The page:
More than half the motorists monitored by Norwich Union’s (NU) telematics devices are exceeding the government-recommended maximum journey time without taking a break, running the risk of fatigue-induced collisions, said the insurer.

Kay Martin, head of telematics, proposition and strategy for NU, said fatigue and nodding-off behind the wheel was one of the leading causes of collisions in the UK.

According to statistics compiled by the Department for Transport, 1,965 collisions and 69 fatalities were caused by driver fatigue in 2006.

Martin said the telematics programme – launched just over a year ago – had been invaluable in highlighting to fleet managers the mistakes and risks drivers were taking by measuring the length of travel, speed and time of day of each journey.

Telematics is connected to global positioning system technology and integrated with computers and mobile communications technology. The technology monitors a motorist’s driving behaviour and then transmits the information back to the insurance company.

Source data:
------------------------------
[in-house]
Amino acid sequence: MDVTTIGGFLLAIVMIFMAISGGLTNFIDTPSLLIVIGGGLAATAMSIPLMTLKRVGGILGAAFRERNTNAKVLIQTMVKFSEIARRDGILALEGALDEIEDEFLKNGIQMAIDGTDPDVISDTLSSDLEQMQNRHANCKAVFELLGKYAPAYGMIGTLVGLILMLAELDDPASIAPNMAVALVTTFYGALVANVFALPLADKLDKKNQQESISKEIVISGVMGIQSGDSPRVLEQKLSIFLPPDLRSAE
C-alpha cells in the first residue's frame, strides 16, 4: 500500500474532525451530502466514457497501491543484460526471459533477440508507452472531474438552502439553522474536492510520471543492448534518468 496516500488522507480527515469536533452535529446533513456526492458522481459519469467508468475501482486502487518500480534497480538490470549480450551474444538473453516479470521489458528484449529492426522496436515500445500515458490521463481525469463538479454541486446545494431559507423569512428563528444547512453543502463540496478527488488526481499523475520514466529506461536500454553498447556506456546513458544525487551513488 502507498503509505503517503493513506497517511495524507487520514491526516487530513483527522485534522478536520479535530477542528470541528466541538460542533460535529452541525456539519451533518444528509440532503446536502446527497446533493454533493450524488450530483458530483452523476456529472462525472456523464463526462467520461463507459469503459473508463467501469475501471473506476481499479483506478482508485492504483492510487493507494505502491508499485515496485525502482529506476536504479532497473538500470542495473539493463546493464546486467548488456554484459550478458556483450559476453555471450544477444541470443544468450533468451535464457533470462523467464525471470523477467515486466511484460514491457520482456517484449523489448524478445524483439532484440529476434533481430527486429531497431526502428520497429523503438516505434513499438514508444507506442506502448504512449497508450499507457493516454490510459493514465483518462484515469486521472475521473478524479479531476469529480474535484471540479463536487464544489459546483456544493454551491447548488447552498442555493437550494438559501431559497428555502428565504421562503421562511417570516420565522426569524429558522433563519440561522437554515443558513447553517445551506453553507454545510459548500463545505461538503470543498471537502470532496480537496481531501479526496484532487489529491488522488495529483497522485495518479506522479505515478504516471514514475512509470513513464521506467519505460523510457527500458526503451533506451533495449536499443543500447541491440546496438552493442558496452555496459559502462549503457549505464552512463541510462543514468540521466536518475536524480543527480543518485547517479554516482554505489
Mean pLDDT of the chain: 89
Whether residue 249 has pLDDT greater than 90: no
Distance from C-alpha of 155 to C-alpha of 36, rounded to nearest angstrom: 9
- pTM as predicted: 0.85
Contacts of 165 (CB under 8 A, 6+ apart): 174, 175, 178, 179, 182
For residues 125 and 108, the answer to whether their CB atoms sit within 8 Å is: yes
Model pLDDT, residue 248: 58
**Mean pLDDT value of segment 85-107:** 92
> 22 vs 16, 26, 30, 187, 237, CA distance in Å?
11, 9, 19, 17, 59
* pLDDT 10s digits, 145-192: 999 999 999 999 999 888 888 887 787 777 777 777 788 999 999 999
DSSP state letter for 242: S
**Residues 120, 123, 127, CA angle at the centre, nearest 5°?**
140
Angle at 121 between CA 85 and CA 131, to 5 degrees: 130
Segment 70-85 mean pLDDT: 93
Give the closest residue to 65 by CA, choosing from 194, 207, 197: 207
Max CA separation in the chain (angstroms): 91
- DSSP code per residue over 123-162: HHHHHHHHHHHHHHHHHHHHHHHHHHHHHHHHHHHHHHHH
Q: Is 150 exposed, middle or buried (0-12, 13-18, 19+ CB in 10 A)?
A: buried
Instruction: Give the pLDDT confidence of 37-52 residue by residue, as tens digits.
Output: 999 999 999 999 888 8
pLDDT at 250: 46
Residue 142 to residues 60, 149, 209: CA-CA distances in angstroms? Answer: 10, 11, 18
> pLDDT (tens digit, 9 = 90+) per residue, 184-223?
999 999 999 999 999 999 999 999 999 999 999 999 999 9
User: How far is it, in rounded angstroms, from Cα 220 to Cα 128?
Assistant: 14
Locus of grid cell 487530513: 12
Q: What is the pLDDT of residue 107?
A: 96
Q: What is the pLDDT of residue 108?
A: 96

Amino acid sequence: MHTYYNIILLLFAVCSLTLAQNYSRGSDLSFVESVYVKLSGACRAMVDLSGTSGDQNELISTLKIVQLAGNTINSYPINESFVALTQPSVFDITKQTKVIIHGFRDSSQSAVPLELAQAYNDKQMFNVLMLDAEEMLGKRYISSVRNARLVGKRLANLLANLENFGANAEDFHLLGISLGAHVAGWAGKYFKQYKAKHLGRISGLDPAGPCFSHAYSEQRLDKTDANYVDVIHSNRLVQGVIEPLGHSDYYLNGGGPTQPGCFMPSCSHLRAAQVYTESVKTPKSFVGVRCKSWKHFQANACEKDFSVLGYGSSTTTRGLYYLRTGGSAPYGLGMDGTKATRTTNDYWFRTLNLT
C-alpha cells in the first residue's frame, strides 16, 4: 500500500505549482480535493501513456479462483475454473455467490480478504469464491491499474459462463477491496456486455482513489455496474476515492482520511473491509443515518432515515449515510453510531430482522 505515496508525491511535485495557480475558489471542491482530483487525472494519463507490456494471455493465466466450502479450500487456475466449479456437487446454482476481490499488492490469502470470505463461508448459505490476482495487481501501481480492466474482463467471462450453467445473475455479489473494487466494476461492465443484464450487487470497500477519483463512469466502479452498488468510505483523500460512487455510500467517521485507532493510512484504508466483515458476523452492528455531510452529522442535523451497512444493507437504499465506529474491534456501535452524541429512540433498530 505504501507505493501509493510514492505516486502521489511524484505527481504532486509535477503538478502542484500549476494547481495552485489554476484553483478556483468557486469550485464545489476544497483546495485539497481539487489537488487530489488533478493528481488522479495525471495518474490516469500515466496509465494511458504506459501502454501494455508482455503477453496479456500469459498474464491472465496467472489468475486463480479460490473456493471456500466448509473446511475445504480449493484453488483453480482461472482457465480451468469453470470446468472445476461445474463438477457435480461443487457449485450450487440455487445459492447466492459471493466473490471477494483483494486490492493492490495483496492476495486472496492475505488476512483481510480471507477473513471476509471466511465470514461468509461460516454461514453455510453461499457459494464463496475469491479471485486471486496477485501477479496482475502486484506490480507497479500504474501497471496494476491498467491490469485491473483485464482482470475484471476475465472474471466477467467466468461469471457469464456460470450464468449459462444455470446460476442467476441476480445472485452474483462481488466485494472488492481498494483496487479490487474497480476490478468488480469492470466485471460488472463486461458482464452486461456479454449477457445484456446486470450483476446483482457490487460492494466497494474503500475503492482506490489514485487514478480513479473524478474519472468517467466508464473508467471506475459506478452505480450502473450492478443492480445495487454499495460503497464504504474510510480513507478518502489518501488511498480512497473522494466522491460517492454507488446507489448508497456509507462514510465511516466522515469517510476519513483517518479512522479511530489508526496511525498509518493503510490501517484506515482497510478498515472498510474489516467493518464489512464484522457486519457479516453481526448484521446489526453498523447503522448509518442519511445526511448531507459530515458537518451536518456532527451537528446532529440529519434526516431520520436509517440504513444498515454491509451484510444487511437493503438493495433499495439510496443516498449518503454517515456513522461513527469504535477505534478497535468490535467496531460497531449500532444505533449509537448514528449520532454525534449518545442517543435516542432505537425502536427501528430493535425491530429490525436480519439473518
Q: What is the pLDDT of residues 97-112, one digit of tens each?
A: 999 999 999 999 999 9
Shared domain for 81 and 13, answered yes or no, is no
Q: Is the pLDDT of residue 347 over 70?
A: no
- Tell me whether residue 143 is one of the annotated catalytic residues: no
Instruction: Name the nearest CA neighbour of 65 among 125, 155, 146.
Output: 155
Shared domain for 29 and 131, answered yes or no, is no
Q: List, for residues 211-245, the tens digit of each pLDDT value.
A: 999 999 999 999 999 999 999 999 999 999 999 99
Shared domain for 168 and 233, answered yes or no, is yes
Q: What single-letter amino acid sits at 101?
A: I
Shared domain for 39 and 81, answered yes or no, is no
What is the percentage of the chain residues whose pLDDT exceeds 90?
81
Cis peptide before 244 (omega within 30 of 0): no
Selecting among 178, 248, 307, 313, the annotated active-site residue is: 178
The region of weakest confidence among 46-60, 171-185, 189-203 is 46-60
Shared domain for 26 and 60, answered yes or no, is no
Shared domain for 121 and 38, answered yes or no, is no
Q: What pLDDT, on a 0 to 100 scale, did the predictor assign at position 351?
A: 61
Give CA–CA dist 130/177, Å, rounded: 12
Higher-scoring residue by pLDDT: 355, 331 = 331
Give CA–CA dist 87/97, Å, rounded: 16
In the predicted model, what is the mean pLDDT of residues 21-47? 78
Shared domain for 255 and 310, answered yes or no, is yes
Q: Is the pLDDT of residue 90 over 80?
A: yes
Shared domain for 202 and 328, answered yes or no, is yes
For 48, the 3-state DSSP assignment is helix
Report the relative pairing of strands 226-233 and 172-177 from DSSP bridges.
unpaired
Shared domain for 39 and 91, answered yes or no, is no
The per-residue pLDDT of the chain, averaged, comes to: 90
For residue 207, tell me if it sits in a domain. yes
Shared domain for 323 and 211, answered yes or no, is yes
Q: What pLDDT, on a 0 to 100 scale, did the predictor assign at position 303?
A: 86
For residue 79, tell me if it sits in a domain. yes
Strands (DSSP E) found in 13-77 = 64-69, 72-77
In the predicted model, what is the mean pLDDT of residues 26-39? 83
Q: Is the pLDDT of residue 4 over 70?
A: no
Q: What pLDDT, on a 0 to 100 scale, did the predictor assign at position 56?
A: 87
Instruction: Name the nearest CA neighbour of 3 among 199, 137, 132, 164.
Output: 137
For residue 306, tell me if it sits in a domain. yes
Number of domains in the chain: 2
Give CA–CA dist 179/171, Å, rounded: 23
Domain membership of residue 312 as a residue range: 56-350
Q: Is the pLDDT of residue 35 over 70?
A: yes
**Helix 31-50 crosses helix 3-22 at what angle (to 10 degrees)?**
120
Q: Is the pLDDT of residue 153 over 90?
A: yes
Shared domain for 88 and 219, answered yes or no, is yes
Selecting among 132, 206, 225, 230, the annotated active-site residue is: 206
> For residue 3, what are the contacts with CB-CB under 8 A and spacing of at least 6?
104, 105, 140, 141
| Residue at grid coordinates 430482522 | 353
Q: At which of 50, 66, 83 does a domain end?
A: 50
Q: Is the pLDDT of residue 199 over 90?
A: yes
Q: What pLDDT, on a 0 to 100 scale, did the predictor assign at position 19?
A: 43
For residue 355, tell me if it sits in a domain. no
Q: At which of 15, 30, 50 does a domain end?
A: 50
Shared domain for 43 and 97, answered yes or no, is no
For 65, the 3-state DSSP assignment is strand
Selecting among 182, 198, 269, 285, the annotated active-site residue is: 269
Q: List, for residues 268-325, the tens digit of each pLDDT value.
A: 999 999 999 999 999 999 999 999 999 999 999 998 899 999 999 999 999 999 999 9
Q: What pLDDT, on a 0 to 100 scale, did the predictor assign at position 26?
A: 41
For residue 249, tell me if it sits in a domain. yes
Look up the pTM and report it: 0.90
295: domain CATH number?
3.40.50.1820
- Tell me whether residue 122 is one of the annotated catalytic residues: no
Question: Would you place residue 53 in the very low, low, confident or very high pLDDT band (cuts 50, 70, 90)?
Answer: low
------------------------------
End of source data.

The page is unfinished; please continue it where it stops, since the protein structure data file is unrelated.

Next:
Martin said: “Some companies have already received three reports from us, so it’s enough time for us to spot trends – one of the main areas of concern to us is driving duration.”

She added that it was too soon to determine whether telematics had been successful in reducing the number of collisions compared to last year but NU believed it was invaluable to road safety.

Royal & SunAlliance and Brit also offer telematics.

The parent companies of AXA and Groupama are understood to be trialling the system.